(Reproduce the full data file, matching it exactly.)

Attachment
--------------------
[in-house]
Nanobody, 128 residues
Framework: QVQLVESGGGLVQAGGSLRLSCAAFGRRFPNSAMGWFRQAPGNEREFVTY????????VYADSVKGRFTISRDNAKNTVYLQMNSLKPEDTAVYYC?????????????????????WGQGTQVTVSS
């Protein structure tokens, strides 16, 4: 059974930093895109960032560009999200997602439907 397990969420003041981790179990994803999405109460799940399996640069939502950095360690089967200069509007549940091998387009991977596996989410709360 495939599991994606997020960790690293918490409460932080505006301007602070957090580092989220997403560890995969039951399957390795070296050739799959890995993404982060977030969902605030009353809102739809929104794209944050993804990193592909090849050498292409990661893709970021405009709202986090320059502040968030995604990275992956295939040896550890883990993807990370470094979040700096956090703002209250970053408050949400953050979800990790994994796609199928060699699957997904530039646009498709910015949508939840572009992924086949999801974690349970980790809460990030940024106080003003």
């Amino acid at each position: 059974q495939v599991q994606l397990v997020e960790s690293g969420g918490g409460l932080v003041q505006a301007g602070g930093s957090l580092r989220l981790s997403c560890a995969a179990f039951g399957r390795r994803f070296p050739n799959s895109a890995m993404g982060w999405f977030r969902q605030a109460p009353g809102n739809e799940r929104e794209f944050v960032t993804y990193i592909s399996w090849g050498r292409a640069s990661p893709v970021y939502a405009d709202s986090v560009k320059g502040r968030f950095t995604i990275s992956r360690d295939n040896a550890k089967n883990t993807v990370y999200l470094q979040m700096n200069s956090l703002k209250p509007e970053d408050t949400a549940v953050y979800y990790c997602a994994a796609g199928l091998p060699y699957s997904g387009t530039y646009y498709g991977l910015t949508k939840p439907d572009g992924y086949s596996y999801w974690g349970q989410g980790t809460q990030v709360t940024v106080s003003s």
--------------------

[in-house]
Nanobody, 128 residues
Framework: QVQLVESGGGLVQAGGSLRLSCAAFGRRFPNSAMGWFRQAPGNEREFVTY????????VYADSVKGRFTISRDNAKNTVYLQMNSLKPEDTAVYYC?????????????????????WGQGTQVTVSS
């Protein structure tokens, strides 16, 4: 059974930093895109960032560009999200997602439907 397990969420003041981790179990994803999405109460799940399996640069939502950095360690089967200069509007549940091998387009991977596996989410709360 495939599991994606997020960790690293918490409460932080505006301007602070957090580092989220997403560890995969039951399957390795070296050739799959890995993404982060977030969902605030009353809102739809929104794209944050993804990193592909090849050498292409990661893709970021405009709202986090320059502040968030995604990275992956295939040896550890883990993807990370470094979040700096956090703002209250970053408050949400953050979800990790994994796609199928060699699957997904530039646009498709910015949508939840572009992924086949999801974690349970980790809460990030940024106080003003």
């Amino acid at each position: 059974q495939v599991q994606l397990v997020e960790s690293g969420g918490g409460l932080v003041q505006a301007g602070g930093s957090l580092r989220l981790s997403c560890a995969a179990f039951g399957r390795r994803f070296p050739n799959s895109a890995m993404g982060w999405f977030r969902q605030a109460p009353g809102n739809e799940r929104e794209f944050v960032t993804y990193i592909s399996w090849g050498r292409a640069s990661p893709v970021y939502a405009d709202s986090v560009k320059g502040r968030f950095t995604i990275s992956r360690d295939n040896a550890k089967n883990t993807v990370y999200l470094q979040m700096n200069s956090l703002k209250p509007e970053d408050t949400a549940v953050y979800y990790c997602a994994a796609g199928l091998p060699y699957s997904g387009t530039y646009y498709g991977l910015t949508k939840p439907d572009g992924y086949s596996y999801w974690g349970q989410g980790t809460q990030v709360t940024v106080s003003s």